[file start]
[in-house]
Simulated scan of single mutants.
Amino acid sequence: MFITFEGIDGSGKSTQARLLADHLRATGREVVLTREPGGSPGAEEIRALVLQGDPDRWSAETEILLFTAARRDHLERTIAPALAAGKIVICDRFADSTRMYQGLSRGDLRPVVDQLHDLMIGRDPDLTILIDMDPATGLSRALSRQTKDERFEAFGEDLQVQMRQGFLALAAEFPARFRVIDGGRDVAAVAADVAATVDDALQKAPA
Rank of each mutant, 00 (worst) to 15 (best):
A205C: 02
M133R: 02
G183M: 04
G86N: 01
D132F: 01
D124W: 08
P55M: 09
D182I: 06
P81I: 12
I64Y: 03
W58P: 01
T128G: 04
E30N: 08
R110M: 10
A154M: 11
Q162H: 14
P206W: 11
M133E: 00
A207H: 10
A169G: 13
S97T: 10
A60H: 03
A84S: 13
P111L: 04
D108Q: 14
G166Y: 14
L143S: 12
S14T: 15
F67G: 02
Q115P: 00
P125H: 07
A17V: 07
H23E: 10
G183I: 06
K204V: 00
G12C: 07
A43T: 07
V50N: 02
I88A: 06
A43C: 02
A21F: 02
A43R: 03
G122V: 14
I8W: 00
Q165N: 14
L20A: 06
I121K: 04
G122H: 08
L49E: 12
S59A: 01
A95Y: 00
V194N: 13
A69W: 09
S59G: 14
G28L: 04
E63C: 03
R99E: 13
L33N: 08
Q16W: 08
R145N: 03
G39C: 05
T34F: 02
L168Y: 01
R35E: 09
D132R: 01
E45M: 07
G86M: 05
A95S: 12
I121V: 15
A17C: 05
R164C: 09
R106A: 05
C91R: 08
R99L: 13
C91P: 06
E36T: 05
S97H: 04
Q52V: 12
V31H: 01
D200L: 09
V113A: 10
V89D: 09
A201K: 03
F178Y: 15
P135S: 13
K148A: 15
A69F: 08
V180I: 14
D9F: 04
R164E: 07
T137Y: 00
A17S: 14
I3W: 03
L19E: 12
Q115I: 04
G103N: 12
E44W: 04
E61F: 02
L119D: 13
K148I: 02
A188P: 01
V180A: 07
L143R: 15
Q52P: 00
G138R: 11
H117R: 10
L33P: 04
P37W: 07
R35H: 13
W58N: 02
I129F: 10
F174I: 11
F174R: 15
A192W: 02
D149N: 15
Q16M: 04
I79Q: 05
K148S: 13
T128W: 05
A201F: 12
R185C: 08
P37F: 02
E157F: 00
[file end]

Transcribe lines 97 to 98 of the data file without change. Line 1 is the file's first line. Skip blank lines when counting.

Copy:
I3W: 03
L19E: 12